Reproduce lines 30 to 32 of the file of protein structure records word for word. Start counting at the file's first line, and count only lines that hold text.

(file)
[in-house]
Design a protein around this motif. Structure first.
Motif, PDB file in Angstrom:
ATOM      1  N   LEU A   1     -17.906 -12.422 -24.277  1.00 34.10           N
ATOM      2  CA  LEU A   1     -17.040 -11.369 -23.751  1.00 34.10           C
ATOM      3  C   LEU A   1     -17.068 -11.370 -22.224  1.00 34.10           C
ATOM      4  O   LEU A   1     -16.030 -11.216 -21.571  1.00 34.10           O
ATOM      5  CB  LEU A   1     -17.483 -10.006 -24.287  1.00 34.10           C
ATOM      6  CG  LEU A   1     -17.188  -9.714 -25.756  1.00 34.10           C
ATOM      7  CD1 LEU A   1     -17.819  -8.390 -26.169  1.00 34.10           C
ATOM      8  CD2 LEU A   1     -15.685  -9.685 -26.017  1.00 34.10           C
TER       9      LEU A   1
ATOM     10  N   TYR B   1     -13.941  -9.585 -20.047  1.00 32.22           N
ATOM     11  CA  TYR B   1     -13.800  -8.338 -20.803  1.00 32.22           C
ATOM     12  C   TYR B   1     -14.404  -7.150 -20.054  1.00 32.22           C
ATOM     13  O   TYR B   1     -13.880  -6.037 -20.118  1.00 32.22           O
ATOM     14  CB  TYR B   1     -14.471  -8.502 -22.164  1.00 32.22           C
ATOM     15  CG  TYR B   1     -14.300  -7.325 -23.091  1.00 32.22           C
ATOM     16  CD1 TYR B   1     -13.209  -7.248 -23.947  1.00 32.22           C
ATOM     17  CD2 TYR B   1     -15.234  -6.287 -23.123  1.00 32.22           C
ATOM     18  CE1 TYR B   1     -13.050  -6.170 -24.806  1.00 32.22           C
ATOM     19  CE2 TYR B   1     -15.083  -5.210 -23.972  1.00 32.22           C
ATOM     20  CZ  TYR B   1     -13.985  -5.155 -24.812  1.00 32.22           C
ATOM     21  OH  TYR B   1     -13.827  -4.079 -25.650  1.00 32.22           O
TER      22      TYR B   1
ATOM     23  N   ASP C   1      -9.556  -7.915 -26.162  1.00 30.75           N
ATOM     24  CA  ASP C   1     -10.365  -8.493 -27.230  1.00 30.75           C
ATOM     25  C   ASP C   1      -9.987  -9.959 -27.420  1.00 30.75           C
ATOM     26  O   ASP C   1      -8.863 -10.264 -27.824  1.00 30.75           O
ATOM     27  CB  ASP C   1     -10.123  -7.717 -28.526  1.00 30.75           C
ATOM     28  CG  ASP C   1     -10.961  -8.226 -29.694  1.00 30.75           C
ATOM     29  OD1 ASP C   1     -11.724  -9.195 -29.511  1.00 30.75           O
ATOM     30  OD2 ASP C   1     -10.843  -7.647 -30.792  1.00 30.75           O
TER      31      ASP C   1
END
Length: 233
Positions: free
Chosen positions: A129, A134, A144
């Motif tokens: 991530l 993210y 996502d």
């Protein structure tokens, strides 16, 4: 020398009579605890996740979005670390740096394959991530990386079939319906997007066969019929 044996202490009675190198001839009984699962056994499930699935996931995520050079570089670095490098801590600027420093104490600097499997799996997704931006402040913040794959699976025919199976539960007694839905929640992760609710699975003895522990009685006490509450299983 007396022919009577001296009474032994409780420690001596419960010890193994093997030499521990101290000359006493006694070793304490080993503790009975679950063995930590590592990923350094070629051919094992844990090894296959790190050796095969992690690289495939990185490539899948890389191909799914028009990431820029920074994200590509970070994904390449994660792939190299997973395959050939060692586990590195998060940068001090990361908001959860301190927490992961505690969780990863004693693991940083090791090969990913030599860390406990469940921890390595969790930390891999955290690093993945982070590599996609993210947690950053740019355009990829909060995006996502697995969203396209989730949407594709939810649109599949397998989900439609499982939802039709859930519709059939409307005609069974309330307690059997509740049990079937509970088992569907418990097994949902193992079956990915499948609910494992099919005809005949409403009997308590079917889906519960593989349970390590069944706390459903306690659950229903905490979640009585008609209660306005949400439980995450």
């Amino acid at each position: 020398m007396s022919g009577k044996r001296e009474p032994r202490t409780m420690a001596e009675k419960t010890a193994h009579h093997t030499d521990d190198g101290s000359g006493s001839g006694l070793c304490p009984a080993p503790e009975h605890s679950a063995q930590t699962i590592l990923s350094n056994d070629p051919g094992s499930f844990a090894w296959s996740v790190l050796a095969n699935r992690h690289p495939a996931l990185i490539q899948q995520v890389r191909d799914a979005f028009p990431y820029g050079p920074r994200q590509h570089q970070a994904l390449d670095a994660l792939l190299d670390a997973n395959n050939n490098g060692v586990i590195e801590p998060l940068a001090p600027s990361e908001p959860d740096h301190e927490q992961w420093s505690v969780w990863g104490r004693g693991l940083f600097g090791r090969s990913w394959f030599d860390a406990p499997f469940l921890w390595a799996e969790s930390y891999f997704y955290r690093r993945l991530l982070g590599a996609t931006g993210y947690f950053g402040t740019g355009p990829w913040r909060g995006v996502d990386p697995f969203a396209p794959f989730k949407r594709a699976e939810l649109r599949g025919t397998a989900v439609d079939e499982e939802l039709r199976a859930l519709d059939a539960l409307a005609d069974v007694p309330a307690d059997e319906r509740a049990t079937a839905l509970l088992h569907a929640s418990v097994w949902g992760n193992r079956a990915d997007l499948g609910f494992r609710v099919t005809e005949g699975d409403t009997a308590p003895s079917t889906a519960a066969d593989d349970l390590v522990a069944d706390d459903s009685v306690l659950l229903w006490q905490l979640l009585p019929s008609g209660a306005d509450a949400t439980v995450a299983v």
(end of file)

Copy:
ATOM     27  CB  ASP C   1     -10.123  -7.717 -28.526  1.00 30.75           C
ATOM     28  CG  ASP C   1     -10.961  -8.226 -29.694  1.00 30.75           C
ATOM     29  OD1 ASP C   1     -11.724  -9.195 -29.511  1.00 30.75           O